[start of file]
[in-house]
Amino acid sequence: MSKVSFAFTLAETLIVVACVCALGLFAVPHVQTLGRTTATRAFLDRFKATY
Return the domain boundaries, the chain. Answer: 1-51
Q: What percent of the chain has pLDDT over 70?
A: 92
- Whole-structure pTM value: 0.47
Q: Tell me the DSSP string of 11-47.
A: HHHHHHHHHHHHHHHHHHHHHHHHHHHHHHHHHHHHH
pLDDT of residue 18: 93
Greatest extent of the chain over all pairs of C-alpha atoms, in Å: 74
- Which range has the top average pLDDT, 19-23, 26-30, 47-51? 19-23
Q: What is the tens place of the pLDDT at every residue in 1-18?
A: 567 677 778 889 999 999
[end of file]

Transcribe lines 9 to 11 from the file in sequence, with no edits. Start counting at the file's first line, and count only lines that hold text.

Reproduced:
pLDDT of residue 18: 93
Greatest extent of the chain over all pairs of C-alpha atoms, in Å: 74
- Which range has the top average pLDDT, 19-23, 26-30, 47-51? 19-23